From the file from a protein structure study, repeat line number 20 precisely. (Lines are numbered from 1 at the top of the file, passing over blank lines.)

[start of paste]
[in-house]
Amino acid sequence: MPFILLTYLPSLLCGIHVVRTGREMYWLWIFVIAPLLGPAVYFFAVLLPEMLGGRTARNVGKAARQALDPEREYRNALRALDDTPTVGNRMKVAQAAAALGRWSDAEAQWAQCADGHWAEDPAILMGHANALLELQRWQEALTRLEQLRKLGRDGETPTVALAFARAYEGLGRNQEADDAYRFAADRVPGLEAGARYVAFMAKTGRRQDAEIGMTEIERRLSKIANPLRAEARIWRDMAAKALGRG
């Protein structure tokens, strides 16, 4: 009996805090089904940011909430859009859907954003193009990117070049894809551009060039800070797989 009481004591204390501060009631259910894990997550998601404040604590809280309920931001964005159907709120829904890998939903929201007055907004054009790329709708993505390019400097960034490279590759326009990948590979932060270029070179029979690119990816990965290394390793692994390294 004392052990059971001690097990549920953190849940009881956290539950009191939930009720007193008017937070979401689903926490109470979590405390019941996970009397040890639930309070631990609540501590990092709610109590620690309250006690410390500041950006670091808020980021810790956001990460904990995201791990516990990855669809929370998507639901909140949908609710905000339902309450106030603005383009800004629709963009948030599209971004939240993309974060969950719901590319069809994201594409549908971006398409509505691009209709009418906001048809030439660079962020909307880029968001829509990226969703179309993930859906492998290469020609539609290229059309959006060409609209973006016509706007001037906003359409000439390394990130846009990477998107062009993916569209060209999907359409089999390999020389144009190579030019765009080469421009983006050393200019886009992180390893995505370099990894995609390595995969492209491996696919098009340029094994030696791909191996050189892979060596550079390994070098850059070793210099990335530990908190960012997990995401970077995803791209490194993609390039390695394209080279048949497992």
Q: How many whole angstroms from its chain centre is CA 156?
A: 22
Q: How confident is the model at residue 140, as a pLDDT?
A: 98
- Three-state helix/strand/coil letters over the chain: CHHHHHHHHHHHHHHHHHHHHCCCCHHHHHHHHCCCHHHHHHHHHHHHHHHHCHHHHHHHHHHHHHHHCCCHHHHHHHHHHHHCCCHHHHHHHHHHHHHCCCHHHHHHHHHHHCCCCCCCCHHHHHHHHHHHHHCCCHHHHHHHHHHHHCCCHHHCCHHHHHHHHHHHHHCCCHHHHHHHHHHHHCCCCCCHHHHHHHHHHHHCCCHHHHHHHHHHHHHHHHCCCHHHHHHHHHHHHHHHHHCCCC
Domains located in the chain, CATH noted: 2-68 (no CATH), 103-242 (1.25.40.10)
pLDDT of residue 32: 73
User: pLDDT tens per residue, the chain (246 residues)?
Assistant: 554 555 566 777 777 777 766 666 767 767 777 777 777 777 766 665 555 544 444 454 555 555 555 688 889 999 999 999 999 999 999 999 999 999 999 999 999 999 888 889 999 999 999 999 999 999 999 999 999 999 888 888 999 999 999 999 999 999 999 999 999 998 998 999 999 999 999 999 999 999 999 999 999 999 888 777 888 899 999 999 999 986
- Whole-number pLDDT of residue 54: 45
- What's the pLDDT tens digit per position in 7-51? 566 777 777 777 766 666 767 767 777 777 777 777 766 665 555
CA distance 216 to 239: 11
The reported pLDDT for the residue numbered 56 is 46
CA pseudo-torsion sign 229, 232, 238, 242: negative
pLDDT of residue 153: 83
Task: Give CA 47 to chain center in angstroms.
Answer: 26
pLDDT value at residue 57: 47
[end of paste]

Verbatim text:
Answer: 26